Ok, at least one of those answers describes my situation, what should I do next?

  • Contact your lender to get some basic questions answered. Do they have a program for me? How long does their refinance process work? What interest rate could be available to me?
  • Check your eligibility. Just because you own your home right now does not mean you automatically qualify to refinance right now. Contact your lender to check your eligibility. 
  • Get your document in ahead of time. The process to refinance can take 30-60 days so getting your documents in ahead of time could mean that your lender is ready to lock your rate as soon as it reaches the right rate. Rates fluctuate and your lender can be watching for the perfect time. If you wait until rates drop to the right level for you and then start the application process, you might miss out.

Are there any other benefits to refinancing?

When you close on your new mortgage, your next payment is not due until the second month. So if you close on June 15th, your first payment should not be due until August 1st – you’ve effectively skipped two payments!

If you have a question about refinance your home or need help finding the right lender, contact your TJ Lewis Real Estate agent and he or she will be happy to help!

 

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March 2020 Central Texas Housing Market Report

Austin area home sales hold steady in March

Central Texas REALTORS® remain cautiously optimistic during COVID-19 pandemic

AUSTIN, Texas – Local shelter-in-place orders that went into effect on March 24 had little impact on March home sales, according to the Austin Board of REALTORS® (ABoR) latest Central Texas Housing Market Report.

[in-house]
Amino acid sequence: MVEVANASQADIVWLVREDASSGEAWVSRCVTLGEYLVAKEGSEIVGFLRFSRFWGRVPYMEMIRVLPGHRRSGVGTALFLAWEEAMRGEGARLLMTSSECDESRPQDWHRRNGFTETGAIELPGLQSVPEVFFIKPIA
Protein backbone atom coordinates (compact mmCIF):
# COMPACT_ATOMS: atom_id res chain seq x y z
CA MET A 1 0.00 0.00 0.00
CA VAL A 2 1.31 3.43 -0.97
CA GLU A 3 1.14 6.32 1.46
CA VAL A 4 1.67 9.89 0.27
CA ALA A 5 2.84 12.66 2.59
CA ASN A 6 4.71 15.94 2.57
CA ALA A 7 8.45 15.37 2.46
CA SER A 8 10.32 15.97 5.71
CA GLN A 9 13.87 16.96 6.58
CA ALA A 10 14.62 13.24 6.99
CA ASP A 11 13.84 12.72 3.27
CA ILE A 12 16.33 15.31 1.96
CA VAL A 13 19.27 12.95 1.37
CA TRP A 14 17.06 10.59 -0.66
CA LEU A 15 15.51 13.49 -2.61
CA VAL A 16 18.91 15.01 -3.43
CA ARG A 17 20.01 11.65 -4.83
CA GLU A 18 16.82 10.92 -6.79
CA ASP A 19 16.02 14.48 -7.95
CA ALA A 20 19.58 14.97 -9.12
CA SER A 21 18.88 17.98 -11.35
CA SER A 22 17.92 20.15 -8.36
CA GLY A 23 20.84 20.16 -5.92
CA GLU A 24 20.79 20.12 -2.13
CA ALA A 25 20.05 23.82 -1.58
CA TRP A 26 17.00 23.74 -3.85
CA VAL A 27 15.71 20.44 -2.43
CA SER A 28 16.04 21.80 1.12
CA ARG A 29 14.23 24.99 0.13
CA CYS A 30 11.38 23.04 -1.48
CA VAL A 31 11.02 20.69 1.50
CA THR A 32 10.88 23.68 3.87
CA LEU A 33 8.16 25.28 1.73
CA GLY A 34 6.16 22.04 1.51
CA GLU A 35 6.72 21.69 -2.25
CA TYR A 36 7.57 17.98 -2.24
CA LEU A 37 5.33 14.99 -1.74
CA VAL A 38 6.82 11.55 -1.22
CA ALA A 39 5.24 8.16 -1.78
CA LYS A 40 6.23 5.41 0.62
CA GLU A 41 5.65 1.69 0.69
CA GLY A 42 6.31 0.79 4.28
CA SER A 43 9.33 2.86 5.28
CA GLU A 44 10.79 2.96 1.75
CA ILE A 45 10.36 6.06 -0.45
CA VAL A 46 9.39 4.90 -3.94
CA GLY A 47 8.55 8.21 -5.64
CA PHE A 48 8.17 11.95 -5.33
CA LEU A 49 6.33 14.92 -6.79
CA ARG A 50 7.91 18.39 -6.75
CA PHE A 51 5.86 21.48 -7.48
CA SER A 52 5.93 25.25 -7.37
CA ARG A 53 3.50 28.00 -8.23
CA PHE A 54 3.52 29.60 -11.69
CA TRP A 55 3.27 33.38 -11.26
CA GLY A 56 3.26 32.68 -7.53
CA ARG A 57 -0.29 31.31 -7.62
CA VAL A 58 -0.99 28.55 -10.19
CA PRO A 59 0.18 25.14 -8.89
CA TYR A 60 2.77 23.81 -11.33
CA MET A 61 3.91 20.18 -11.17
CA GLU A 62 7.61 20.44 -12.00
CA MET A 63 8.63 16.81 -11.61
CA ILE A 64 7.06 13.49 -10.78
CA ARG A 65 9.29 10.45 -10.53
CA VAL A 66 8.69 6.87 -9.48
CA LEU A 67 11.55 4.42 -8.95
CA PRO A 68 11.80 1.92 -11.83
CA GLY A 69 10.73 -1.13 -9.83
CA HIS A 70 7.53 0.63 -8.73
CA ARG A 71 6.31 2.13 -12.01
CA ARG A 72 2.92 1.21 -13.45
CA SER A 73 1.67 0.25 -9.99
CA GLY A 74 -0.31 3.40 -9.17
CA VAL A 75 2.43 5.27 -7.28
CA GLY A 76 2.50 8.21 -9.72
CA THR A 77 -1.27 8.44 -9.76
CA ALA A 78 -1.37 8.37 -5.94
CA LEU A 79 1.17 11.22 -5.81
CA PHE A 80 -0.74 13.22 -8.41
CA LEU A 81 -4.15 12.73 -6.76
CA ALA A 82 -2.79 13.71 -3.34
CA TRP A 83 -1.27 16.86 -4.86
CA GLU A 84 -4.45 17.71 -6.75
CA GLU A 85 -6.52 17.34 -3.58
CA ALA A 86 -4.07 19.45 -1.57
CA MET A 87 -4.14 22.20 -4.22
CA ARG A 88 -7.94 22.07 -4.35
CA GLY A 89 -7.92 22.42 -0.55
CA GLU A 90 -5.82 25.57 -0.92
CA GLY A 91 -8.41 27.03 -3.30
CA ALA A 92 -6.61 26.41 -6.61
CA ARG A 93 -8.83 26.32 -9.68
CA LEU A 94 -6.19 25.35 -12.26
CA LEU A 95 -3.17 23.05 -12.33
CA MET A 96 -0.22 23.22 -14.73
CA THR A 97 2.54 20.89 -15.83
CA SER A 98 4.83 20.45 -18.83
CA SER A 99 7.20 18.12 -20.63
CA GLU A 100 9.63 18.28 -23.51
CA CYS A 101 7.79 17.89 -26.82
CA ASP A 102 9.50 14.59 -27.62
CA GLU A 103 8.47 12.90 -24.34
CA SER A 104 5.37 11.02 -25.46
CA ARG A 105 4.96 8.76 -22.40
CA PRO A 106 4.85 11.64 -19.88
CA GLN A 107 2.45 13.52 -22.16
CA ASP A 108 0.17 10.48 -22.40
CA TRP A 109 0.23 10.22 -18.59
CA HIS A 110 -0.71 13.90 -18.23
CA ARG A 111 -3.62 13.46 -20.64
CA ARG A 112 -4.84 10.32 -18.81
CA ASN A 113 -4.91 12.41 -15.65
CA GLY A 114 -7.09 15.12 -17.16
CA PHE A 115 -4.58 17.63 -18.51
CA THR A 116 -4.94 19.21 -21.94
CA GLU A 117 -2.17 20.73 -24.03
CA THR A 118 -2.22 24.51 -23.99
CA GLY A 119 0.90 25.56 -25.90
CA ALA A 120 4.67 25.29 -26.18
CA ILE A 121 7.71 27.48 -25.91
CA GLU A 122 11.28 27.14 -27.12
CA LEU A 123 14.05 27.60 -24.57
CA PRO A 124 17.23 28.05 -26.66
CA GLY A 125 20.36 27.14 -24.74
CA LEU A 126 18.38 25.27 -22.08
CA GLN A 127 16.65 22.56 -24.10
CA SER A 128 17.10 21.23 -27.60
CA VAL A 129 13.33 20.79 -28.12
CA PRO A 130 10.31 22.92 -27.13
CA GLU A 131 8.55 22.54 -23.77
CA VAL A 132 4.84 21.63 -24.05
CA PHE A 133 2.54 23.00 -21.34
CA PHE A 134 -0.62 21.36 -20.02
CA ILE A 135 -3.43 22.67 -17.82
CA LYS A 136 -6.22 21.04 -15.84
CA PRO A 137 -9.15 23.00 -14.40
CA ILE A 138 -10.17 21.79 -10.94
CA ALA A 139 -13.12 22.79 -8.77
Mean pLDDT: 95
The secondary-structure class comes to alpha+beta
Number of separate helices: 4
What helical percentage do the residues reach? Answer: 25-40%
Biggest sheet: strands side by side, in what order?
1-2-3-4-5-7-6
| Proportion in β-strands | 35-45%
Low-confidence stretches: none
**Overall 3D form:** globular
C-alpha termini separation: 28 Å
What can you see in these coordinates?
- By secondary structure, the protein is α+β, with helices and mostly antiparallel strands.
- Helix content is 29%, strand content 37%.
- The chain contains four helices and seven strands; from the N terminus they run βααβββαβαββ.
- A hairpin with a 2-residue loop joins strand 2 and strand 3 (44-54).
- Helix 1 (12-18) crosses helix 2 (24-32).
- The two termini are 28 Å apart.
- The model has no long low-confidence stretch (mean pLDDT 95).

In March, residential sales in the five-county Metropolitan Statistical Area (MSA) increased 2.2% year over year to 3,042 sales and median price jumped 11.7% year over year to $335,200. Monthly housing inventory declined 0.7 months year over year to 1.6 months of inventory, and average days on market decreased from 65 days to 54 days.

“For most of March, it was still ‘business as usual,’ and REALTORS® adapted early to continue serving homebuyers and sellers safely,” Romeo Manzanilla, 2020 ABoR president, said. “Declines in listing activity and pending residential sales in March indicate that we won’t begin to see the true impact of COVID-19 on the housing market until our April report.”

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Last month, new listings decreased 12.7% to 3,770 listings; active listings dropped 26.6% to 4,908 listings; and pending sales decreased 19.2% to 2,852 pending sales.

Although COVID-19 has shifted the way real estate business is conducted, closings and home sales have not been negatively impacted thus far, Lea Holubec, senior vice president of education and training for Heritage Title of Austin, said.

“The approach to closing a home looks very different right now, but activity has not dipped,” Holubec said. “Homebuyers should be prepared for the closing process to take longer than usual due to COVID-19 safety precautions and be ready for additional employment verifications at closing, or even after closing, which many lenders are now requiring.”